By Vanessa Sheets—
Hint: It has nothing to do with affirmations.
You worked hard raising a family and saving for retirement. Now that the kids have launched and you’re finally done paying for college, you’re ready to enjoy the fruits of your labor.
Then why aren’t you happier?
Maybe you’re too stressed about money to spend long days on the golf course like you envisioned. Maybe your grown children can’t afford to live nearby, leaving you longing for time with the grandchildren. Or perhaps your marriage didn’t thrive under the demands of careers and mid-life and now you find you have nothing in common with your spouse.
You’re not alone. Time magazine reports that more people are unhappy in retirement than ever before. Money and relationship satisfaction may be to blame. Reports show that between 1980 and 2008, traditional pensions in the private sector dropped from 38 percent to 20 percent. And the divorce rate among couples over 50 is skyrocketing, earning the term “grey divorce” to describe the trend.
But research shows that once we achieve a level of relative financial stability, cited at around $80,000 a year in the U.S., more wealth doesn’t necessarily lead to greater levels of happiness. Often, those earning millions are simply dealing with a different set of problems. And while relationships strongly correlate to our life satisfaction, intimate connections can be found in family and friends, and isn’t limited to our marital status.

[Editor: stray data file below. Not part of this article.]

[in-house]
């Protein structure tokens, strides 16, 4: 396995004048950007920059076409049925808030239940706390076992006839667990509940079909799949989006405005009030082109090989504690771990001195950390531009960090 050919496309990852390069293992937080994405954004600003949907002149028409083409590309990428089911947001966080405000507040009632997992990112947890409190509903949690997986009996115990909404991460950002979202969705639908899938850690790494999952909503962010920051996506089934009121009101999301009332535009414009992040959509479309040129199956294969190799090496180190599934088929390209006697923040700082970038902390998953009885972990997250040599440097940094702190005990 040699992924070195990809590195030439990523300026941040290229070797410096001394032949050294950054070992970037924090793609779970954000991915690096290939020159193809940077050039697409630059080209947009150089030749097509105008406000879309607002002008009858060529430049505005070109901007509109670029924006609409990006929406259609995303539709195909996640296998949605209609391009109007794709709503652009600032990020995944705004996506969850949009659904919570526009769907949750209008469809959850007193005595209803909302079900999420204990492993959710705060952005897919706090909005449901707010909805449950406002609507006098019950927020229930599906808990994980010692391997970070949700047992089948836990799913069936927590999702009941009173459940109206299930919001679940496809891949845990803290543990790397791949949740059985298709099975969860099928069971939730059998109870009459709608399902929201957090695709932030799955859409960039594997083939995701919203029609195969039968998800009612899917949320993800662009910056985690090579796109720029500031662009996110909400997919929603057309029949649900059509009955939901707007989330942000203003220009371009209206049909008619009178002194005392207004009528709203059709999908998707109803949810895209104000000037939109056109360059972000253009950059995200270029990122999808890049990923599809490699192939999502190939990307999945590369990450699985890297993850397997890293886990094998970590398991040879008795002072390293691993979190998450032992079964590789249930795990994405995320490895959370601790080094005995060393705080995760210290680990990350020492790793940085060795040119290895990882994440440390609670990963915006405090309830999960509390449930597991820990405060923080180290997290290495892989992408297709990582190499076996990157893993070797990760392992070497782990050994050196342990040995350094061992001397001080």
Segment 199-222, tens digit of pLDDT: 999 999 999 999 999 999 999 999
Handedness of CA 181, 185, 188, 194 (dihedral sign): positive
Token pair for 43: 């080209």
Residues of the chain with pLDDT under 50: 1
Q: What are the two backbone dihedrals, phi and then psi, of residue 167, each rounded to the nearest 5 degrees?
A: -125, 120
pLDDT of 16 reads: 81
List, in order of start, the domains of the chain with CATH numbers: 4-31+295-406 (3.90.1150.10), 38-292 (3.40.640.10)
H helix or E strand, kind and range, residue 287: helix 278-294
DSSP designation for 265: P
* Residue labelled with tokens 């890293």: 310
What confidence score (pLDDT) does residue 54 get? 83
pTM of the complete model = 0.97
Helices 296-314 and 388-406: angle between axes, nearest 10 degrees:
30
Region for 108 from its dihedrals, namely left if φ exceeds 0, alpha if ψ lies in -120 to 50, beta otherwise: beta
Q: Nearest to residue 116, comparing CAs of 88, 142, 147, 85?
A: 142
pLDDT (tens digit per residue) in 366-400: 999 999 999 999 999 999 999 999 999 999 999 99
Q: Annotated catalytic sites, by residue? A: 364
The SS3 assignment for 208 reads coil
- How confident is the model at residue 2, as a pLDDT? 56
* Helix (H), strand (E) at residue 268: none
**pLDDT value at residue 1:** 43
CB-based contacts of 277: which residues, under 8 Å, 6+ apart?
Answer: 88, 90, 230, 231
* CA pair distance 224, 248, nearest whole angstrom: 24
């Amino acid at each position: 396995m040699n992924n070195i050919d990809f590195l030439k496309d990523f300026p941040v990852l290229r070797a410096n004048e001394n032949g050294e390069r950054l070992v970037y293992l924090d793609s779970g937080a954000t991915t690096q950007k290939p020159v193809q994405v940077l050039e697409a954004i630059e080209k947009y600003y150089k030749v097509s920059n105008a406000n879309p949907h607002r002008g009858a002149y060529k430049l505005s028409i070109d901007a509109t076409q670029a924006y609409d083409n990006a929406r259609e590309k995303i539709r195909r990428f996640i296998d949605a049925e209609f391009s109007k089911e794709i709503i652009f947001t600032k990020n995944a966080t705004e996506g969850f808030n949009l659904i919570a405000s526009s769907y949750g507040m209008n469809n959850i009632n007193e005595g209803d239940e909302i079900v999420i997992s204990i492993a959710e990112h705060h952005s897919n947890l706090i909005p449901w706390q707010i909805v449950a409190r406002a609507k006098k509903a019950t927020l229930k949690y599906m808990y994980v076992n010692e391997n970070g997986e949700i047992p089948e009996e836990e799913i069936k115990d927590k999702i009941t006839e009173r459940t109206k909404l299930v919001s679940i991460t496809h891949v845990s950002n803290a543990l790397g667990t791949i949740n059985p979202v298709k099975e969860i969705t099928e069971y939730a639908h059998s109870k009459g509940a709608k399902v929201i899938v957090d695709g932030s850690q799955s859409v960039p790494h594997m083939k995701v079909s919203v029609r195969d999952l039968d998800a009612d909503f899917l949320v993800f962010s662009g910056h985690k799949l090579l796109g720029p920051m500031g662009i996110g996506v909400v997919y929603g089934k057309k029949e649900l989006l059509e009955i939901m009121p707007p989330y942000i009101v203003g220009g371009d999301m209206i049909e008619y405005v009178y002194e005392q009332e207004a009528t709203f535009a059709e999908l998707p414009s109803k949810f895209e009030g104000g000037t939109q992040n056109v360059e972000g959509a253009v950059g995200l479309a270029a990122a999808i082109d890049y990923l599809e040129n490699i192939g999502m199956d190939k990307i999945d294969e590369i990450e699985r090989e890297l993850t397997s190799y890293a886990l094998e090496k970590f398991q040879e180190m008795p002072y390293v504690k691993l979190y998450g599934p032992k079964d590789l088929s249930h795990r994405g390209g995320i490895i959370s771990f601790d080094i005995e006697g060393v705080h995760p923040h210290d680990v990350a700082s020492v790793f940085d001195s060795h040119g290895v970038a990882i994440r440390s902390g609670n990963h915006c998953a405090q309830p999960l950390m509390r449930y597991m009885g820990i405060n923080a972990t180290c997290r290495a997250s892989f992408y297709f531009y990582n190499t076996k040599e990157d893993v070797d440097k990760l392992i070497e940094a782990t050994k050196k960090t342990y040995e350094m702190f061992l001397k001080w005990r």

So what is the key to happiness?
Dr. Susan David, a Harvard Medical School scientist who studies the science of emotions, says flexibility is the answer. In her new book Emotional Agility: Get Unstuck, Embrace Change, and Thrive in Work and Life, Dr. David says the more honest and agile you can be with your emotions, the more you can overcome challenges and thrive.
Happiness expert Ira Israel- a licensed psychotherapist who helps professionals across America radically shift their perspectives in a matter of hours- agrees. “How you react to the ups and downs of life corresponds with how happy you will be. Authentically experiencing the joys and sorrows, being truly present, instead of allowing your mind to crave more joy and avoid disappointments and frustrations, helps keep people at the higher end of their happiness spectrum,” Israel says.
Israel says that everyone has a happiness range and to stay on the higher end of our spectrum, he recommends the following:
To live higher on your personal happiness spectrum, try taking 5 minutes a day to practice these recommendations and notice how your mood is instantly elevated. By shifting your perspective, you can find happiness.